On Nov. 14th, Israel embarked on Operation Pillar of Defense. The main purpose of the operation has been to restore security to the civilian population in Israel by putting an end to the terror attacks it has withstood.
For many months, nearly 1.5 million Israelis in the southern part of the country have endured daily missile attacks from Gaza. Families have been conducting their day-to-day lives either in a bomb shelter, or 15 seconds away from one (15 seconds is the time it takes for a missile fired from Gaza to hit an urban center in Israel). My own parents, who live in Tel Aviv, have spent long hours in bomb shelters since mid November. In the first five days since the conflict intensified, nearly 1,000 rockets have landed in Israel, an average of 14 per hour. Beyond the southern parts of Israel, the country’s largest metropolitan areas also have been targeted, including Jerusalem, Tel Aviv, Beersheva and Ashkelon, placing over half of Israel’s population at risk.
The equivalent of rockets raining down on Tel Aviv would be attacks on a city the size of Philadelphia. Imagine a daily routine of air raid sirens driving the population of Center City to bomb shelters.
No country would tolerate such an unbearable situation for more than five minutes. Bu Israel has — ever since it evacuated Gaza in 2005. Israel has shown unusual restraint, affording Hamas every opportunity to back down and cease its hostility. It chose not to. Instead, Hamas deliberately escalated the situation to the point where Israel was left with no other choice but to exercise its right to defend itself.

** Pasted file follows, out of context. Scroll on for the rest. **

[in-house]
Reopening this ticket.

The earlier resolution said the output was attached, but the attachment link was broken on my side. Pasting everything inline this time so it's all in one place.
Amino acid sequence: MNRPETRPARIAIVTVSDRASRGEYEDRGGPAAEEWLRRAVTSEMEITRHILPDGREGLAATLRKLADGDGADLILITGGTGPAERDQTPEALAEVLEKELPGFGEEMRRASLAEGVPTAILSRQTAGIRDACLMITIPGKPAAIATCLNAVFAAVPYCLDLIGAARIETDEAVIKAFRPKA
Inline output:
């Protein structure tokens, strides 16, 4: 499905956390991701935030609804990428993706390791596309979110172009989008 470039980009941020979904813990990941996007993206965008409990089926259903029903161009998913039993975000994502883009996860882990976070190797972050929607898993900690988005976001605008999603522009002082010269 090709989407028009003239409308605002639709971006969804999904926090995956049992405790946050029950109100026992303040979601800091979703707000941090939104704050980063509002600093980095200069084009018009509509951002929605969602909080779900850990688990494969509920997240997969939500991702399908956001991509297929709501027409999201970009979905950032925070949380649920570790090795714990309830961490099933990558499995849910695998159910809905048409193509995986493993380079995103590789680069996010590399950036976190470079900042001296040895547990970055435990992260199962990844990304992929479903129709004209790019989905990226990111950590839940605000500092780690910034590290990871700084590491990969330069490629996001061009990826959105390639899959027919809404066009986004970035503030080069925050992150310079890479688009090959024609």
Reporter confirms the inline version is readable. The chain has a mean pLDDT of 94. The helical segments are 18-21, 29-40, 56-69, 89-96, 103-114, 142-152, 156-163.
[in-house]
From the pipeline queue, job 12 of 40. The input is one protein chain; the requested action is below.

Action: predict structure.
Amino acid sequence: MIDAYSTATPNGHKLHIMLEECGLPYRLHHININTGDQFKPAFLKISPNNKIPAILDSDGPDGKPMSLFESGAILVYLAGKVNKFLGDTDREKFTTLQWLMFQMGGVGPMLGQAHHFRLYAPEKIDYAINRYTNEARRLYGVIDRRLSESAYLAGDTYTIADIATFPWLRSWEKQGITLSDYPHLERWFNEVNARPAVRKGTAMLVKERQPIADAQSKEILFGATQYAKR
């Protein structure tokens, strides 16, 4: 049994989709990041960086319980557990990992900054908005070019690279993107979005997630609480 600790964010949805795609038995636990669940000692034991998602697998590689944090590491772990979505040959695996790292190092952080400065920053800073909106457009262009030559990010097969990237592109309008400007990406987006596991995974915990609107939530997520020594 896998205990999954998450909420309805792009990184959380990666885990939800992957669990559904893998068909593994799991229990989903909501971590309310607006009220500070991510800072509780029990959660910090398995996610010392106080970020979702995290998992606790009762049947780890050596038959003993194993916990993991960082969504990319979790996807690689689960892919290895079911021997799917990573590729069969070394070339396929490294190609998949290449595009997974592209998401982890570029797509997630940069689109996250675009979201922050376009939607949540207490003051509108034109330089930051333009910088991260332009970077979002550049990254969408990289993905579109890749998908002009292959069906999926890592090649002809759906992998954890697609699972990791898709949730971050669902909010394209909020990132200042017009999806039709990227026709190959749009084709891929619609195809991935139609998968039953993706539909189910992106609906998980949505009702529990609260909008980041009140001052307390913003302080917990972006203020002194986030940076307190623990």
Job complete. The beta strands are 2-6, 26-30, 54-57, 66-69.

During the operation, Israel has continued exercising restraint, taking extraordinary measures to avoid unnecessary civilian casualties in Gaza.
More often than not the Israel Defense Forces chose to abort a mission to take out rocket launchers and missile stockpiles if there was even a slight chance of uninvolved civilians.
In addition, Israel has been making every effort to maintain the fabric of civilian life in Gaza: Crossings to Gaza are open for passage of food, medical supplies and other goods from Israel, despite previous attacks of Hamas on the crossings themselves. Israel continues to supply 5 million cubic meters of water into Gaza, as well as 125 megawatts of electricity from the power station in the city of Ashkelon. That’s right — the same Ashkelon which is under constant attack from Gaza. As a result of these efforts, the United Nations Relief and Works Agency recently reported that “there hasn’t been any need to provide emergency humanitarian assistance” to Gaza.
The situation that Hamas has created is unfortunate not only for Israelis, but also for civilians in Gaza. Hamas, which controls Gaza, is a terrorist organization according to U.S and European standards. It is more interested in terrorizing Israel than directing its resources and energies toward improving the lives of its own population.
Fortunately, in the United States, this reality is recognized and understood for what it is. During this operation, my colleagues and I have been approached by elected officials, community leaders and religious leaders. We have heard nothing but staunch support for Israel’s right to defend itself and condemnation of the terror emanating from Gaza.
The support Israel receives from the United States is not only in words but also in kind. The Iron Dome missile defense system, which has had a success rate of over 85 percent in intercepting incoming missiles from Gaza, is largely funded by America, thanks to the U.S. Congress and the Obama administration.
This vast support illustrates the deep friendship and unshakable bond between our two nations. It is also a great source of strength and encouragement for Israel’s population.
It is important that the broad support for Israel is sustained. I thank you for your dedication, for your commitment and for raising your voice in support of the state of Israel and the Israel-U.S. relationship during these challenging times.
Yaron Sideman is Israel’s consul general in Philadelphia.